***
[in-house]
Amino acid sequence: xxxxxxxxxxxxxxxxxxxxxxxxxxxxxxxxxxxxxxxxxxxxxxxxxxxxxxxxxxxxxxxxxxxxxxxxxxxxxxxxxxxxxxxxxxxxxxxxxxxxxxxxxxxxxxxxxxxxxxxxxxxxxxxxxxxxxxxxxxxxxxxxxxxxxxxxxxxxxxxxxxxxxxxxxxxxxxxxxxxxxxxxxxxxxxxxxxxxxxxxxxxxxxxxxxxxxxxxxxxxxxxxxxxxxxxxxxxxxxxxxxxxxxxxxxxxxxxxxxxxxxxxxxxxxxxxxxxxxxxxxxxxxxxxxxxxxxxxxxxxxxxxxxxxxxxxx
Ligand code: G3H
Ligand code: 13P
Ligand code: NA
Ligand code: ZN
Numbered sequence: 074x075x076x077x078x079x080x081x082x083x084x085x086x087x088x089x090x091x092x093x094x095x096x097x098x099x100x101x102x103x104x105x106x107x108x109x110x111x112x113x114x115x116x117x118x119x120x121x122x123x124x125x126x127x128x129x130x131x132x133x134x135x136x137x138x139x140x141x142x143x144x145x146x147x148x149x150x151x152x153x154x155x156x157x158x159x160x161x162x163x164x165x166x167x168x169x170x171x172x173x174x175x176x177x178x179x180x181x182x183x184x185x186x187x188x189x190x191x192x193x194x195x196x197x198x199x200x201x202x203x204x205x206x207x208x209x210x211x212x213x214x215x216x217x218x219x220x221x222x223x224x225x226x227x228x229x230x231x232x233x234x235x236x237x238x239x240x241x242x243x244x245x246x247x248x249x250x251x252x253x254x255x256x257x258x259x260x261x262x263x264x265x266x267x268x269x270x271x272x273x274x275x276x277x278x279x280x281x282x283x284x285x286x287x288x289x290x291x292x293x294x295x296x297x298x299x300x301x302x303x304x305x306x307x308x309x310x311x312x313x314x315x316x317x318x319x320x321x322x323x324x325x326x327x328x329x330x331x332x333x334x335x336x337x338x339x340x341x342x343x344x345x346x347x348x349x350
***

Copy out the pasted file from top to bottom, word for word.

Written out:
[in-house]
Amino acid sequence: xxxxxxxxxxxxxxxxxxxxxxxxxxxxxxxxxxxxxxxxxxxxxxxxxxxxxxxxxxxxxxxxxxxxxxxxxxxxxxxxxxxxxxxxxxxxxxxxxxxxxxxxxxxxxxxxxxxxxxxxxxxxxxxxxxxxxxxxxxxxxxxxxxxxxxxxxxxxxxxxxxxxxxxxxxxxxxxxxxxxxxxxxxxxxxxxxxxxxxxxxxxxxxxxxxxxxxxxxxxxxxxxxxxxxxxxxxxxxxxxxxxxxxxxxxxxxxxxxxxxxxxxxxxxxxxxxxxxxxxxxxxxxxxxxxxxxxxxxxxxxxxxxxxxxxxxx
Ligand code: G3H
Ligand code: 13P
Ligand code: NA
Ligand code: ZN
Numbered sequence: 074x075x076x077x078x079x080x081x082x083x084x085x086x087x088x089x090x091x092x093x094x095x096x097x098x099x100x101x102x103x104x105x106x107x108x109x110x111x112x113x114x115x116x117x118x119x120x121x122x123x124x125x126x127x128x129x130x131x132x133x134x135x136x137x138x139x140x141x142x143x144x145x146x147x148x149x150x151x152x153x154x155x156x157x158x159x160x161x162x163x164x165x166x167x168x169x170x171x172x173x174x175x176x177x178x179x180x181x182x183x184x185x186x187x188x189x190x191x192x193x194x195x196x197x198x199x200x201x202x203x204x205x206x207x208x209x210x211x212x213x214x215x216x217x218x219x220x221x222x223x224x225x226x227x228x229x230x231x232x233x234x235x236x237x238x239x240x241x242x243x244x245x246x247x248x249x250x251x252x253x254x255x256x257x258x259x260x261x262x263x264x265x266x267x268x269x270x271x272x273x274x275x276x277x278x279x280x281x282x283x284x285x286x287x288x289x290x291x292x293x294x295x296x297x298x299x300x301x302x303x304x305x306x307x308x309x310x311x312x313x314x315x316x317x318x319x320x321x322x323x324x325x326x327x328x329x330x331x332x333x334x335x336x337x338x339x340x341x342x343x344x345x346x347x348x349x350